Overview of the SEI Initiative on Transforming Development and Disaster Risk
The goal of the TDDR Initiative is to improve understanding of how risks are created and how they accumulate. Analysis builds on the recognition that disaster risk and development are closely linked: the people and assets exposed to risk as well as the extent of their susceptibility and capacity are largely determined by developmental processes.
Risk is created inside development i.e. development trajectories driven by the goal of economic growth contribute to the increasing disaster risks we see today. In its first phase (2015-2016), TDDR began to transform this accepted understanding by first unpacking this ‘locked-in’ relationship and then developing conceptual and theoretical principles and pathways for transforming it.
Using these principles and pathways, the present phase 2 (2017–2018) of the TDDR Initiative aims to co-create the knowledge and tools required to reduce disaster risk among poor and at-risk communities in Southeast Asia and East Africa. The overarching question that Phase 2 will address is: How can transformation in development and disaster risk be achieved for the betterment of the poor and at-risk communities and groups?
The initiative’s research and analysis focuses on three key areas of work: 1) Understanding the trade-offs between development and disaster risk; 2) Addressing issues of social inequity and injustice in development processes through “equitable resilience”; and 3) Transforming DRR and development governance and institutions through inclusion, collaboration, social learning and system innovation.
The insights from these three areas of work in the first phase are being used to develop an integrated conceptual framework for understanding the relationship between development and disaster risk, and how this currently unsustainable relationship can be transformed to reduce risk and achieve more equitable, resilient and sustainable DRR and development outcomes.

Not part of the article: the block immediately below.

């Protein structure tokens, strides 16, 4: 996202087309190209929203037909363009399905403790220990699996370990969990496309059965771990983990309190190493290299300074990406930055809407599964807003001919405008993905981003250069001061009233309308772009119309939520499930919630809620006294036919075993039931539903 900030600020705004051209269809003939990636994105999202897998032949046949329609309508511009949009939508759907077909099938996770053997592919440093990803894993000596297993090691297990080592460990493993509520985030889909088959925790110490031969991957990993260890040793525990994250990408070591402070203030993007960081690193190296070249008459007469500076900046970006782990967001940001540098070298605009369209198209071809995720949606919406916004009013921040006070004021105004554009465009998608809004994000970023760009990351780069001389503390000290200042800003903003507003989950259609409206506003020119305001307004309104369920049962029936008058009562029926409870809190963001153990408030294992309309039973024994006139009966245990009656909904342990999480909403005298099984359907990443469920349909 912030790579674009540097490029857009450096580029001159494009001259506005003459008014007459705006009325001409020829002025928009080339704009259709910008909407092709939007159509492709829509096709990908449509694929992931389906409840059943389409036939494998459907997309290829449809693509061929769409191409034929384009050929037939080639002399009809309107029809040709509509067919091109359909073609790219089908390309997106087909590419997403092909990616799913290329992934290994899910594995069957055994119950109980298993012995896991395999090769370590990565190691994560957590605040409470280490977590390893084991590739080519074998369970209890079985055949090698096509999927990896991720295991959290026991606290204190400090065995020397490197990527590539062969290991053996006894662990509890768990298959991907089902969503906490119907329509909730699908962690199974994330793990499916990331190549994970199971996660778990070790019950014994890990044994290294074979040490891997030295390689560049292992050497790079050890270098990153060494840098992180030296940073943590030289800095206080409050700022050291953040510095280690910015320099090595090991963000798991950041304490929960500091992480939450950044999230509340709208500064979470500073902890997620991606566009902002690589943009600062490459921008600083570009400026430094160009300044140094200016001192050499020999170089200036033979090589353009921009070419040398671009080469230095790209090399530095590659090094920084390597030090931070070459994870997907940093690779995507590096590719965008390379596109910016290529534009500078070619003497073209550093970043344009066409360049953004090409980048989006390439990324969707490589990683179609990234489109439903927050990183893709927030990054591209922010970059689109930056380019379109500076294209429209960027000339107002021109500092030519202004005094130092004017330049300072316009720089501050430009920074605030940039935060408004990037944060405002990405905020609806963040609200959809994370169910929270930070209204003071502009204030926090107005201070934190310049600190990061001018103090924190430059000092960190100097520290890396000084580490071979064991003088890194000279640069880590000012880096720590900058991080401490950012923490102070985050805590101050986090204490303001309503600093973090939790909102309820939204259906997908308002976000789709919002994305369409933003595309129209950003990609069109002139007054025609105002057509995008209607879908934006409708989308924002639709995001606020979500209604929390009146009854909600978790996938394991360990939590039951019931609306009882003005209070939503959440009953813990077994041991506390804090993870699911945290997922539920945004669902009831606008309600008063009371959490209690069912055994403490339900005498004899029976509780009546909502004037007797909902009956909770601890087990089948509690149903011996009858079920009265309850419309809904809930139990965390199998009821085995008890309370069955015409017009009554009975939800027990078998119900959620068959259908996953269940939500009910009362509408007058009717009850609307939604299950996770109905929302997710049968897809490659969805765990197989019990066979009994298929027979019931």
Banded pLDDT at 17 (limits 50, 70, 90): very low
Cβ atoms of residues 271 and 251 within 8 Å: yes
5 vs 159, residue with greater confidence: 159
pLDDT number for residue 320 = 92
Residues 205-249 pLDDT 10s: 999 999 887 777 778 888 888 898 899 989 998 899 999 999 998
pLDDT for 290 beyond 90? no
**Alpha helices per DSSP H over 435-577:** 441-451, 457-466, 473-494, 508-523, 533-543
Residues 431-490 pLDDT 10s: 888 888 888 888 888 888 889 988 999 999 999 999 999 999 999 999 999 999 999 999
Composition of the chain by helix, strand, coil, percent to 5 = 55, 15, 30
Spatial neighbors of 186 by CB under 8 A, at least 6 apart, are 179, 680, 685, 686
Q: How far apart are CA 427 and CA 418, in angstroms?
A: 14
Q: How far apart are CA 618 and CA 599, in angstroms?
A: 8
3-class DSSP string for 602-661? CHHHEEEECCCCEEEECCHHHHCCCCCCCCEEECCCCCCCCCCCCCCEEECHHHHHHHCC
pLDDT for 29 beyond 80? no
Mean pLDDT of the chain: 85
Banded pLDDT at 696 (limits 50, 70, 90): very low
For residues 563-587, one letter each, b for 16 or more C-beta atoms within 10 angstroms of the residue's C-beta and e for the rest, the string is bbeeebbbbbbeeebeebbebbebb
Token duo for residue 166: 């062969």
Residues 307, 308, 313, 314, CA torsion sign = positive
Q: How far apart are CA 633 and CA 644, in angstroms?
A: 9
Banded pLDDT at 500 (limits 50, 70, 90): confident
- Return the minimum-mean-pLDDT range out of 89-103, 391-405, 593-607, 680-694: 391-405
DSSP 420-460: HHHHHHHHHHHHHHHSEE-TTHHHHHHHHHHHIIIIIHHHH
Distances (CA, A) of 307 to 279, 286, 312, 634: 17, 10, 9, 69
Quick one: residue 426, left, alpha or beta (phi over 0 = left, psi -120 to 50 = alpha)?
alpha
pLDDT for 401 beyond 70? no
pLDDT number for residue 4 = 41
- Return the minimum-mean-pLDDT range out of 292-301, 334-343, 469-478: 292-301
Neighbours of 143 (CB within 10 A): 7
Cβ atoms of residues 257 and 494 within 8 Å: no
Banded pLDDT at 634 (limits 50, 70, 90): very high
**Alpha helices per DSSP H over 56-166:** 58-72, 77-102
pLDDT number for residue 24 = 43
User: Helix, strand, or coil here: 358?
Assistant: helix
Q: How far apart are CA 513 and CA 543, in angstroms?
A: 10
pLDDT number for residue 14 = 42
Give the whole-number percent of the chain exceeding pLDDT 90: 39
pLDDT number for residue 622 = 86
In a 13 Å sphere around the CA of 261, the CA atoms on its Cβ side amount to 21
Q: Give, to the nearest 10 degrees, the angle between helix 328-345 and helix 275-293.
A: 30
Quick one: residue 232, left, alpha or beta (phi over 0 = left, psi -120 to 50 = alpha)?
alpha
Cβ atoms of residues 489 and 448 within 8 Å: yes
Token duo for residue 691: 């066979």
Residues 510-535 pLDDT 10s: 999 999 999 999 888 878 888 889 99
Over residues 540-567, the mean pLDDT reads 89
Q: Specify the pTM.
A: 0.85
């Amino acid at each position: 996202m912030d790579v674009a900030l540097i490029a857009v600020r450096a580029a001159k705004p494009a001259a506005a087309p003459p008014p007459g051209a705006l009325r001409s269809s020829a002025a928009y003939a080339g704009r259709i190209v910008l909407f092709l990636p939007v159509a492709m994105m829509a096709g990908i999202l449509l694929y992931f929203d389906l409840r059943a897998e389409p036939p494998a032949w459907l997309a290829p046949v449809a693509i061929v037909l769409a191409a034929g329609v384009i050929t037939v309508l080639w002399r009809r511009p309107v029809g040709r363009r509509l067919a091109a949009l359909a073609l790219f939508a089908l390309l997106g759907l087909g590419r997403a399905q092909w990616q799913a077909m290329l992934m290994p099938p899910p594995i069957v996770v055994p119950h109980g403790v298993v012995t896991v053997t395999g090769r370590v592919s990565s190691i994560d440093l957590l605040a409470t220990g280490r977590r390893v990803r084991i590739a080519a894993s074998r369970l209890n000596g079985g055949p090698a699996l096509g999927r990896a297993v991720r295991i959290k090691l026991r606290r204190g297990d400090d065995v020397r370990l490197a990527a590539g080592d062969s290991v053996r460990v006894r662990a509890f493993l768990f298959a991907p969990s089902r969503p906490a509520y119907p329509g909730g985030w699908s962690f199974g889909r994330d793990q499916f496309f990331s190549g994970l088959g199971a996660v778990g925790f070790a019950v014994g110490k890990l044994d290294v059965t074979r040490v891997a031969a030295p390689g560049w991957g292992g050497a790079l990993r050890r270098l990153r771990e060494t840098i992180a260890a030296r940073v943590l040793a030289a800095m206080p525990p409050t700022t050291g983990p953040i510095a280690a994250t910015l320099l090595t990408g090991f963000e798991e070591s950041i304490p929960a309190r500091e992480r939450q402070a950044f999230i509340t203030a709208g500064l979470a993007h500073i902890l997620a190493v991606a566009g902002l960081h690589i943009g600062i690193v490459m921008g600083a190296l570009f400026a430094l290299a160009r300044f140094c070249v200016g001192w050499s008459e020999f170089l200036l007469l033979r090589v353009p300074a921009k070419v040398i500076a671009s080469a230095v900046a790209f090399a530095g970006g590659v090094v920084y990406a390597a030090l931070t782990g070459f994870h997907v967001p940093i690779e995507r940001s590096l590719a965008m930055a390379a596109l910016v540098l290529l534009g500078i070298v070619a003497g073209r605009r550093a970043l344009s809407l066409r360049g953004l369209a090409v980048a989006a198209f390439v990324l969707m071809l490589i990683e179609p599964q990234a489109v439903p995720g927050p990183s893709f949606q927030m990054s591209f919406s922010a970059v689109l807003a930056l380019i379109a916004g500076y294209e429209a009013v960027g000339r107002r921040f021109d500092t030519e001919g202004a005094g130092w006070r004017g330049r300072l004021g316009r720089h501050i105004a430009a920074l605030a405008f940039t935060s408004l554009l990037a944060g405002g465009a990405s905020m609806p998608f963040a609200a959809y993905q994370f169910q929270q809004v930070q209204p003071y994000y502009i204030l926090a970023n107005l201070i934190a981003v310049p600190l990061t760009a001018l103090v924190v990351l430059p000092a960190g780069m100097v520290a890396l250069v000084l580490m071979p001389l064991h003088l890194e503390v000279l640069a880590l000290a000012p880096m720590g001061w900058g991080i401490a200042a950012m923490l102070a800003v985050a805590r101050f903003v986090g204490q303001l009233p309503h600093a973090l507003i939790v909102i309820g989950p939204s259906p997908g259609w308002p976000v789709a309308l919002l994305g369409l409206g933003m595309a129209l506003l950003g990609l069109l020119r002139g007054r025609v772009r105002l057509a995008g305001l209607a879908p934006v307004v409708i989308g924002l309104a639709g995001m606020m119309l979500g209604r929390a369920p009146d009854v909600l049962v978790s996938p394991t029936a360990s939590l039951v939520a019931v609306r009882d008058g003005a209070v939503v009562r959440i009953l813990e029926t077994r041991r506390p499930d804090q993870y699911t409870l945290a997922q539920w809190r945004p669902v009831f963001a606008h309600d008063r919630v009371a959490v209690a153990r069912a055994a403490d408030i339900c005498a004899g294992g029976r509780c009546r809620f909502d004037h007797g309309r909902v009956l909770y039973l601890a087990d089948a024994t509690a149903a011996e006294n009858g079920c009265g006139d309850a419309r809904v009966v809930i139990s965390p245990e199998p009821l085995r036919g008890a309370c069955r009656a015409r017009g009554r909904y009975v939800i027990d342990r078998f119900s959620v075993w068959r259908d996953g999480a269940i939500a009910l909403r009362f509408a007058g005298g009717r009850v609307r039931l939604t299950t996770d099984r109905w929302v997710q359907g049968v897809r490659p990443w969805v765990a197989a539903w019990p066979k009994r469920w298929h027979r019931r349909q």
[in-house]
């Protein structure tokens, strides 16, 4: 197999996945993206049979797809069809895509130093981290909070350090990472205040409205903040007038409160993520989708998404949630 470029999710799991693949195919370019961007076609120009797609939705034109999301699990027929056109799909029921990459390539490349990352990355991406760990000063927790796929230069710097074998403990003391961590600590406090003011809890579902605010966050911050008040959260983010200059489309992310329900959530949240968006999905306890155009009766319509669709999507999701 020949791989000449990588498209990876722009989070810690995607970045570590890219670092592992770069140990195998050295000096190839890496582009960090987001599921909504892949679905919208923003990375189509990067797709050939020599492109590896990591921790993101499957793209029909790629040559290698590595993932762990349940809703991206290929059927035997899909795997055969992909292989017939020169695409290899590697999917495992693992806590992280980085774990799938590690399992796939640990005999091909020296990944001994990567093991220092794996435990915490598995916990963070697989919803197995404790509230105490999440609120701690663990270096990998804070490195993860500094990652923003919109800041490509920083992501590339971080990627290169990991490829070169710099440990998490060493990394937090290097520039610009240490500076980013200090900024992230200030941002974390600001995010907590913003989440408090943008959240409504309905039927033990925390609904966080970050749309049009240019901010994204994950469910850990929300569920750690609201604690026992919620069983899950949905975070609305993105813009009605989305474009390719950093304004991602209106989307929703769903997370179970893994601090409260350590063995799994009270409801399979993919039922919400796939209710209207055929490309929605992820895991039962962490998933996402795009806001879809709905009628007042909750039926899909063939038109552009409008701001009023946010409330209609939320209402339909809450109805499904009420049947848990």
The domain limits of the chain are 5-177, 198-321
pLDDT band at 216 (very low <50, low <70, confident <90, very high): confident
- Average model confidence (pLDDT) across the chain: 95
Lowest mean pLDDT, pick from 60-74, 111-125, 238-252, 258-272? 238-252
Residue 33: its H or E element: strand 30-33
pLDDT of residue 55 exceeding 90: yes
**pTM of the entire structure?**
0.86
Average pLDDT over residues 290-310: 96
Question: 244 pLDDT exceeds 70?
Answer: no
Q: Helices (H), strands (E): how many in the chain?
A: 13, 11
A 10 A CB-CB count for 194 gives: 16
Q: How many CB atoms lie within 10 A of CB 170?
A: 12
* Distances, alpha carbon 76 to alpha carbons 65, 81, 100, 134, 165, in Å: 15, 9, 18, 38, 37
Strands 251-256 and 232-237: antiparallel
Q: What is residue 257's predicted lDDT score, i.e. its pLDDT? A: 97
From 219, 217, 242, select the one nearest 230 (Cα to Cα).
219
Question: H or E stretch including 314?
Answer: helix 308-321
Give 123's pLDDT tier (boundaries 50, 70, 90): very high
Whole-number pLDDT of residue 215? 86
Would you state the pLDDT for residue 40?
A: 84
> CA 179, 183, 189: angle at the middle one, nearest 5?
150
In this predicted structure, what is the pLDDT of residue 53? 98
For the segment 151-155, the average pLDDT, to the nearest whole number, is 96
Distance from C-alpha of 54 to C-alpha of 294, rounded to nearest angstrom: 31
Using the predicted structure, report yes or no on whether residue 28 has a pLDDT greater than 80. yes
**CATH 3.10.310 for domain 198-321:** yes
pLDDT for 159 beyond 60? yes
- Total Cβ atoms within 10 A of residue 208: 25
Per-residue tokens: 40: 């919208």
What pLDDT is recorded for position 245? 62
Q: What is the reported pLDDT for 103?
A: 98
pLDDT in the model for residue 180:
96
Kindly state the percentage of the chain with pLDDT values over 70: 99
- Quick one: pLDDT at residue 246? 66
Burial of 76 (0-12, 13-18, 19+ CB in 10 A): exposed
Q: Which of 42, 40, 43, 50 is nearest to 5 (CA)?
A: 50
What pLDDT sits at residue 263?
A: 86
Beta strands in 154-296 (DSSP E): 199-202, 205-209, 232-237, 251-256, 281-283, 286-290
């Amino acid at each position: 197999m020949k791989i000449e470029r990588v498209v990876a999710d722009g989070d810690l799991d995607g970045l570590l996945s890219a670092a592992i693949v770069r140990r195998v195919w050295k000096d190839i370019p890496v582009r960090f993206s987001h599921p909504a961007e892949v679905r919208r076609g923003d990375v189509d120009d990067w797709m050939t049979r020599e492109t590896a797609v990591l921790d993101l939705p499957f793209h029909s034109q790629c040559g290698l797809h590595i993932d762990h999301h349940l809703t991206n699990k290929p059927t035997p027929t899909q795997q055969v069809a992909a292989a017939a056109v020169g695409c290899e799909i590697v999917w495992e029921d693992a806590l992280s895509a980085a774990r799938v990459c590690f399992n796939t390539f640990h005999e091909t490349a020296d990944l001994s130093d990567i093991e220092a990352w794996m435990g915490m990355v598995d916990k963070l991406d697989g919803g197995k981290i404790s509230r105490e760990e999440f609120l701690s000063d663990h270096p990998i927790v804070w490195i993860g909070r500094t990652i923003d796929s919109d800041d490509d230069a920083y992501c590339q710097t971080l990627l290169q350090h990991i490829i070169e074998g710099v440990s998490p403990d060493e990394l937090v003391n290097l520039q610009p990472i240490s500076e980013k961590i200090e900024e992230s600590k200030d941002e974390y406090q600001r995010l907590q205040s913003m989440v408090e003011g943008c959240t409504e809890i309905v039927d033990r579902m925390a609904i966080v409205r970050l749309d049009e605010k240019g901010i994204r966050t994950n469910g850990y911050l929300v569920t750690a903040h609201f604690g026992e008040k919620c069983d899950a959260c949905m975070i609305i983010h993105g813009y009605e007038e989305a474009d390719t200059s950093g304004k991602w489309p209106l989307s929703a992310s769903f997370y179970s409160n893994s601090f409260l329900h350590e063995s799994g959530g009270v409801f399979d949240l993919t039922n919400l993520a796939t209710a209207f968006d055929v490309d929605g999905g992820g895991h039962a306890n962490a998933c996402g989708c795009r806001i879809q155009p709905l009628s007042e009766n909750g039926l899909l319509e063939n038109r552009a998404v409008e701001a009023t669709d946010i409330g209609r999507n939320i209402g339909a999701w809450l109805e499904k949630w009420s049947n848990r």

The insights show that transformation is key to moving away from current development patterns that increase or create risks and inequalities to forms of development that are equitable and resilient.
Transformative pathways must include consideration of risk trade-offs in development decisions, and creating enabling conditions for approaches that strengthen the resilience of people at risk by promoting social equity and justice. Transformative governance is the vehicle through which these goals can be achieved.
Development can exacerbate disaster risks, both in the long run by increasing greenhouse gas emissions that drive climate change, and in the near term by removing natural storm-surge protection barriers such as mangrove stands in favour of aquaculture farms or beachfront properties.
Scientific research coupled with policy engagement
TDDR contributes to breaking down existing barriers in research, policy and practice between the DRR, adaptation, development, and humanitarian communities; helps to clarify the connections between different global policy arenas (SDGs, Sendai Framework, Paris Agreement, Humanitarian Agenda); and contributes to shaping a research agenda that will ensure successful outcomes of the Sendai Framework implementation and refocusing risk reduction efforts to support those most vulnerable to disaster risks.
TDDR continues to collaborate with several key institutions and governance processes to achieve long-term impacts in policy. At the global level, TDDR has invested considerable effort to raise our profile and to build a collaborative partnership with the United Nations International Strategy for Disaster Reduction (UNISDR) and Integrated Research on Disaster Risk (IRDR), both of which are important actors in driving research and policy in DRR and sustainable development.
Recently, the IRDR Scientific Committee (SC) unanimously approved the proposal by SEI to establish an IRDR International Centre of Excellence (ICoE) on Transforming Development and Disaster Risk (ICoE-TDDR).
The increasing importance and role of science-based decision-making is alo strongly emphasized in the Sendai Framework for Disaster Risk Reduction (SFDRR). In response to that, the UNISDR Asia Pacific Office has formed the Asia Science Technology and Academia Advisory Group (ASTAAG) in May 2015. ASTAAG comprises selected disaster experts from Asian countries: Bangladesh, China, India, Indonesia, Japan, Malaysia and Philippines. The Group provides policy advisory services to governments and other stakeholders on appropriate technology and its application in decision making.
TDDR has established strong relationships at the regional level. For example, in Southeast Asia with the ASEAN Secretariat in Southeast Asia in order to provide scientific support to the work programme of the Agreement on Disaster Management and Emergency Response (AADMER). In Eastern Africa, TDDR is engaging with the Intergovernmental Authority on Development (IGAD) Secretariat to achieve endorsement and formal recognition as a formal research and dialogue partner. These relationships will offer strategic opportunities for TDDR to pursue a transformative agenda in development and disaster risk.
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- SEI Associates